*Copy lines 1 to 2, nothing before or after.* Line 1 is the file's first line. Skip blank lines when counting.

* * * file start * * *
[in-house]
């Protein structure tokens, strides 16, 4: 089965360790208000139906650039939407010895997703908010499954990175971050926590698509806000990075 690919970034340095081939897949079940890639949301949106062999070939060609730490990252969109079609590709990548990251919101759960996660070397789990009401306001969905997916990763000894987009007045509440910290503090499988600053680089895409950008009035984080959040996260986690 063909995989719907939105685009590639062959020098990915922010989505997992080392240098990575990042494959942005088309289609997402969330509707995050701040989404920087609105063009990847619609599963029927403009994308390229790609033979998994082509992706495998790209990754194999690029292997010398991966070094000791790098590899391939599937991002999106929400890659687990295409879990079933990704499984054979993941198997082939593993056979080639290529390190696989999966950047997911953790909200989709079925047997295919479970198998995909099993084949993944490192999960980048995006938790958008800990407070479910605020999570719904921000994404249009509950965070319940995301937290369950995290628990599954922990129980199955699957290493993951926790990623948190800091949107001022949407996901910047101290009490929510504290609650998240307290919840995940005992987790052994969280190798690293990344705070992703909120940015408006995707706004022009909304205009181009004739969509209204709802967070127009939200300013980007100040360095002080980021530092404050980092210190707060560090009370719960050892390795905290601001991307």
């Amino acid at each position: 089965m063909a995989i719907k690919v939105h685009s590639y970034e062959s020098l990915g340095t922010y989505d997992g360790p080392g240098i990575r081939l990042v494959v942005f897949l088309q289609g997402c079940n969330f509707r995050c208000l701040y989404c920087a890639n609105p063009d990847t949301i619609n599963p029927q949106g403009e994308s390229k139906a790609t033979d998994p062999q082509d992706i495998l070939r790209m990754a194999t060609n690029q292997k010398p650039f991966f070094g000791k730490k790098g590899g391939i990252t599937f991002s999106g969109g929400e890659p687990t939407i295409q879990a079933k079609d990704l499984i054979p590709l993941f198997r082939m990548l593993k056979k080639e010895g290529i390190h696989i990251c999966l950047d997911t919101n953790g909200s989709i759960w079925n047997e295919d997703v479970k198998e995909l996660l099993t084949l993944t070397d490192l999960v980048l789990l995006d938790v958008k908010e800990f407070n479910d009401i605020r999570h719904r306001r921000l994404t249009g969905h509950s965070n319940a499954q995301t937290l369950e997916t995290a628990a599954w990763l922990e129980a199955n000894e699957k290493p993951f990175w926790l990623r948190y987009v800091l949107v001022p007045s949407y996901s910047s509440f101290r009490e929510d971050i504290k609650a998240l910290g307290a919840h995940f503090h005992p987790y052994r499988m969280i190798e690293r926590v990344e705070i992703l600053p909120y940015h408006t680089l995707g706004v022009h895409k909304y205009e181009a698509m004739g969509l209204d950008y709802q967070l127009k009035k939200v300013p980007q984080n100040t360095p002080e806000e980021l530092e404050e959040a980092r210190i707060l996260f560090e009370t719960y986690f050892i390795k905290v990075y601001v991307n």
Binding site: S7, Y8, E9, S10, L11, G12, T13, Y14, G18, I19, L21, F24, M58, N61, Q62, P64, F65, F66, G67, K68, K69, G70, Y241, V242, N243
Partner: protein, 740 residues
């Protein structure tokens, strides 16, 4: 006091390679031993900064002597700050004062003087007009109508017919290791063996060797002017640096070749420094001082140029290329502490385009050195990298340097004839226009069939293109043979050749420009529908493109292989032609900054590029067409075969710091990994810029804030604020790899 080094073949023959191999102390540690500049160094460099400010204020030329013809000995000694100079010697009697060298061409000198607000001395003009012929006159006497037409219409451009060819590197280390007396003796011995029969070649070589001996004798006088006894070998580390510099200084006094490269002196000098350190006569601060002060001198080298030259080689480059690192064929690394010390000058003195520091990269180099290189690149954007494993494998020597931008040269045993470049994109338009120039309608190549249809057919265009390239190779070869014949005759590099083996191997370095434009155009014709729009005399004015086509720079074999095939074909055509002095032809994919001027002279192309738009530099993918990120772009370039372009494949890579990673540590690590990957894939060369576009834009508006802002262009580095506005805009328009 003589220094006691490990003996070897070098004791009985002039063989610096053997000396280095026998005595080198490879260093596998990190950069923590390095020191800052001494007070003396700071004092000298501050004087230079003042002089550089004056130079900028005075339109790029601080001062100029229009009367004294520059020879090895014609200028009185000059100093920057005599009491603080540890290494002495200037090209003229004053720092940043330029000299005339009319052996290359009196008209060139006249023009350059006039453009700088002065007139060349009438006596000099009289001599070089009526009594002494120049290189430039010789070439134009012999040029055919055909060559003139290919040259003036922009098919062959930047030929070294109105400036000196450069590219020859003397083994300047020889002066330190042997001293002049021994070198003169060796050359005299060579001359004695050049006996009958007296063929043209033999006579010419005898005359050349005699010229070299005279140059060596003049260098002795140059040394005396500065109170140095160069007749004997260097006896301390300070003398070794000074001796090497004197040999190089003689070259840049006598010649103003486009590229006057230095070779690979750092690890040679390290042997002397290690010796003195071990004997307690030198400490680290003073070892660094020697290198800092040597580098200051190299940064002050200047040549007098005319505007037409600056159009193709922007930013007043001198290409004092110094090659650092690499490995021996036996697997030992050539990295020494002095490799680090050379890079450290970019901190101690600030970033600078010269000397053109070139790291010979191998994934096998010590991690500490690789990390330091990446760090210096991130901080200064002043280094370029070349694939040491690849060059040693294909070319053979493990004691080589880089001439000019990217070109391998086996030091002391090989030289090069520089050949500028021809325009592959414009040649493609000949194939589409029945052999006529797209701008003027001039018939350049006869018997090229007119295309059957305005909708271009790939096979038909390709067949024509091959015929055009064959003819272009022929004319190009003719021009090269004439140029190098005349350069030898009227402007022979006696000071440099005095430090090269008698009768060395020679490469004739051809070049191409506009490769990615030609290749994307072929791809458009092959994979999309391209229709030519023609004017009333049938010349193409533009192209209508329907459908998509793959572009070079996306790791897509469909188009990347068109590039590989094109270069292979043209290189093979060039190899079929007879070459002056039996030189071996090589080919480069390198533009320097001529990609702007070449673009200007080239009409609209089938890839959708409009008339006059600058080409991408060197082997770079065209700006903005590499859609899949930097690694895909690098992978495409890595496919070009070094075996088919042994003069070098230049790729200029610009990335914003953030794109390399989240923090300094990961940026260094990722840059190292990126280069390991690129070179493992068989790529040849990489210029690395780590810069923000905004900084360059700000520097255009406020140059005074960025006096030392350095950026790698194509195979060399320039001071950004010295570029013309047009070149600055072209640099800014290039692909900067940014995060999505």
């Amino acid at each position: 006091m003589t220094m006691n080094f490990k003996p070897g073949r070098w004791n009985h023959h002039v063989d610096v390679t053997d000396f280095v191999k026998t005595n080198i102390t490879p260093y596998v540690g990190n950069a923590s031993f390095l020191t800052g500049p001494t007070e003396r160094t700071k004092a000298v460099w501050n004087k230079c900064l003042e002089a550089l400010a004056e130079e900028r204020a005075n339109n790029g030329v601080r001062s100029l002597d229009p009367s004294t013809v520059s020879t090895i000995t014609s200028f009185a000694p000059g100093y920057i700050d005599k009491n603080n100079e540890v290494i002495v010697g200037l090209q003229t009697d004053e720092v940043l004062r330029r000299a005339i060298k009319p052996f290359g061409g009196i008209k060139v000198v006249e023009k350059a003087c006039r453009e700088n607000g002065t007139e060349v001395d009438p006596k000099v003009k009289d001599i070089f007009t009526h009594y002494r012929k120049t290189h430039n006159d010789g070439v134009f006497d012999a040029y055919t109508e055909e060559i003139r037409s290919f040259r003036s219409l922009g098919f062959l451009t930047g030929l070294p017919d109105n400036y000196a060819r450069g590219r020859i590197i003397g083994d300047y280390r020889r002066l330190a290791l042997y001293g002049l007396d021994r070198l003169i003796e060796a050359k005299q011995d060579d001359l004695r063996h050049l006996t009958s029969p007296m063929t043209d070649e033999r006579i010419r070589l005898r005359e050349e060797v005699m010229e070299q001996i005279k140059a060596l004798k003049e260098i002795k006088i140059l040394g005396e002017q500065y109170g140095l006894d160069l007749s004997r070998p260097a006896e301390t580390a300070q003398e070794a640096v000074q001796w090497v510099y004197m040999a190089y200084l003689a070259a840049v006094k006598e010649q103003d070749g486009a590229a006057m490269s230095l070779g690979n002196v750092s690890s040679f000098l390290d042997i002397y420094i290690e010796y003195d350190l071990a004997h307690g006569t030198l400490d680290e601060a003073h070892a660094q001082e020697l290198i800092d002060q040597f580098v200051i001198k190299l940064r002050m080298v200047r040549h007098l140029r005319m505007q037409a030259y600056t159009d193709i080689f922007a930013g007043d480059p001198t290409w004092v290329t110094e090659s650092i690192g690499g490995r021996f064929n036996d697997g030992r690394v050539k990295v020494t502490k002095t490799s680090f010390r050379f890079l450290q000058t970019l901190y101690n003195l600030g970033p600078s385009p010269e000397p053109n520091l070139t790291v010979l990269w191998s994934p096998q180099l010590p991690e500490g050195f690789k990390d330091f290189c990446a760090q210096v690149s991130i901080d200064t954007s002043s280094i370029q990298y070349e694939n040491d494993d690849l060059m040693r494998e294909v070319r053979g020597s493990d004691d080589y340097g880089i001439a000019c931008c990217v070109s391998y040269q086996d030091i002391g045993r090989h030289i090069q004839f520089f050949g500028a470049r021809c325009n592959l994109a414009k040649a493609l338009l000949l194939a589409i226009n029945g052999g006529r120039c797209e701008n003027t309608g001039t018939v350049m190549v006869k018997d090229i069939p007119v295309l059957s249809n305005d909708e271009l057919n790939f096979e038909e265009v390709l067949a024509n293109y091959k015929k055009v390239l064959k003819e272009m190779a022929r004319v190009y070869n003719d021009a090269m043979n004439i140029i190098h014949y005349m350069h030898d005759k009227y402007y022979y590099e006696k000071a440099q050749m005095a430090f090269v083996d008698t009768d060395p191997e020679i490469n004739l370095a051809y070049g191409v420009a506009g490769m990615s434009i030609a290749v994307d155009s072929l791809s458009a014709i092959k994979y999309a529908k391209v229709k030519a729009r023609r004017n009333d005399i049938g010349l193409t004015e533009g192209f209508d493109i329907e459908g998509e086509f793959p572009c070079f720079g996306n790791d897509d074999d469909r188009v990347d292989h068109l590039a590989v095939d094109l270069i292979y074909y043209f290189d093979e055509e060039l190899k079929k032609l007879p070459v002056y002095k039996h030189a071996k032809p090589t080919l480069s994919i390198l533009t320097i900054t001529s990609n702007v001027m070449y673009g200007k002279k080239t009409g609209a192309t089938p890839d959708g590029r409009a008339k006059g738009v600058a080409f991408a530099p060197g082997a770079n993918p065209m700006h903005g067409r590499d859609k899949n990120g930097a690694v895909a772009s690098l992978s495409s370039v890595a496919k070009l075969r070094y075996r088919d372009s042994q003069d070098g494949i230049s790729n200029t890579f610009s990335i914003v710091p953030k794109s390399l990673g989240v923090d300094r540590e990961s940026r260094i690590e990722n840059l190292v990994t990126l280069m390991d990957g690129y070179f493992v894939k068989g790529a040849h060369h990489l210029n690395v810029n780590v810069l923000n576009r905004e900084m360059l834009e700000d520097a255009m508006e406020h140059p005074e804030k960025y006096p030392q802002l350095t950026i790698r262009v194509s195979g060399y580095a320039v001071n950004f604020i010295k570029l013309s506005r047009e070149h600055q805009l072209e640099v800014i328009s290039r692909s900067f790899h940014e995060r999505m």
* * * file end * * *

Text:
[in-house]
């Protein structure tokens, strides 16, 4: 089965360790208000139906650039939407010895997703908010499954990175971050926590698509806000990075 690919970034340095081939897949079940890639949301949106062999070939060609730490990252969109079609590709990548990251919101759960996660070397789990009401306001969905997916990763000894987009007045509440910290503090499988600053680089895409950008009035984080959040996260986690 063909995989719907939105685009590639062959020098990915922010989505997992080392240098990575990042494959942005088309289609997402969330509707995050701040989404920087609105063009990847619609599963029927403009994308390229790609033979998994082509992706495998790209990754194999690029292997010398991966070094000791790098590899391939599937991002999106929400890659687990295409879990079933990704499984054979993941198997082939593993056979080639290529390190696989999966950047997911953790909200989709079925047997295919479970198998995909099993084949993944490192999960980048995006938790958008800990407070479910605020999570719904921000994404249009509950965070319940995301937290369950995290628990599954922990129980199955699957290493993951926790990623948190800091949107001022949407996901910047101290009490929510504290609650998240307290919840995940005992987790052994969280190798690293990344705070992703909120940015408006995707706004022009909304205009181009004739969509209204709802967070127009939200300013980007100040360095002080980021530092404050980092210190707060560090009370719960050892390795905290601001991307």